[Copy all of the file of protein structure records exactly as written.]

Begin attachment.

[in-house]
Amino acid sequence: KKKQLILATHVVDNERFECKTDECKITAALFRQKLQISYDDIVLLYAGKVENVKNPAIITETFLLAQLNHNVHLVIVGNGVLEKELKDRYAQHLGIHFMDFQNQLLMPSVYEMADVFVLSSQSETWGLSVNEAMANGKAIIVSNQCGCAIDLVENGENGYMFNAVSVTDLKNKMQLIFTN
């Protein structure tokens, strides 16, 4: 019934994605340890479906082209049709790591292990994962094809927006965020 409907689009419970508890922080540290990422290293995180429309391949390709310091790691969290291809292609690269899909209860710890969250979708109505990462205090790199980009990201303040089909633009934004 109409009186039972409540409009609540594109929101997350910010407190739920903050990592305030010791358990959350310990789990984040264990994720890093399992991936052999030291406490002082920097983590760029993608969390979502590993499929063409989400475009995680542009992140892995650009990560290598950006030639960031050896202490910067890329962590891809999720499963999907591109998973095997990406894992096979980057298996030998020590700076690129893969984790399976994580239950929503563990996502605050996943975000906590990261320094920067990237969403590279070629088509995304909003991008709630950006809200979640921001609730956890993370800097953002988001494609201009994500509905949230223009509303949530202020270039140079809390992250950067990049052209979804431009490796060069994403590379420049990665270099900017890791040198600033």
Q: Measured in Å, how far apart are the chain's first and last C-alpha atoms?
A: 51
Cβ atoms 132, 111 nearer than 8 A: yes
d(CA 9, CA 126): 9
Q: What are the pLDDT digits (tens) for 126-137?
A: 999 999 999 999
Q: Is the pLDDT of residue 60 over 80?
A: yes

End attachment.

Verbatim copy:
[in-house]
Amino acid sequence: KKKQLILATHVVDNERFECKTDECKITAALFRQKLQISYDDIVLLYAGKVENVKNPAIITETFLLAQLNHNVHLVIVGNGVLEKELKDRYAQHLGIHFMDFQNQLLMPSVYEMADVFVLSSQSETWGLSVNEAMANGKAIIVSNQCGCAIDLVENGENGYMFNAVSVTDLKNKMQLIFTN
């Protein structure tokens, strides 16, 4: 019934994605340890479906082209049709790591292990994962094809927006965020 409907689009419970508890922080540290990422290293995180429309391949390709310091790691969290291809292609690269899909209860710890969250979708109505990462205090790199980009990201303040089909633009934004 109409009186039972409540409009609540594109929101997350910010407190739920903050990592305030010791358990959350310990789990984040264990994720890093399992991936052999030291406490002082920097983590760029993608969390979502590993499929063409989400475009995680542009992140892995650009990560290598950006030639960031050896202490910067890329962590891809999720499963999907591109998973095997990406894992096979980057298996030998020590700076690129893969984790399976994580239950929503563990996502605050996943975000906590990261320094920067990237969403590279070629088509995304909003991008709630950006809200979640921001609730956890993370800097953002988001494609201009994500509905949230223009509303949530202020270039140079809390992250950067990049052209979804431009490796060069994403590379420049990665270099900017890791040198600033």
Q: Measured in Å, how far apart are the chain's first and last C-alpha atoms?
A: 51
Cβ atoms 132, 111 nearer than 8 A: yes
d(CA 9, CA 126): 9
Q: What are the pLDDT digits (tens) for 126-137?
A: 999 999 999 999
Q: Is the pLDDT of residue 60 over 80?
A: yes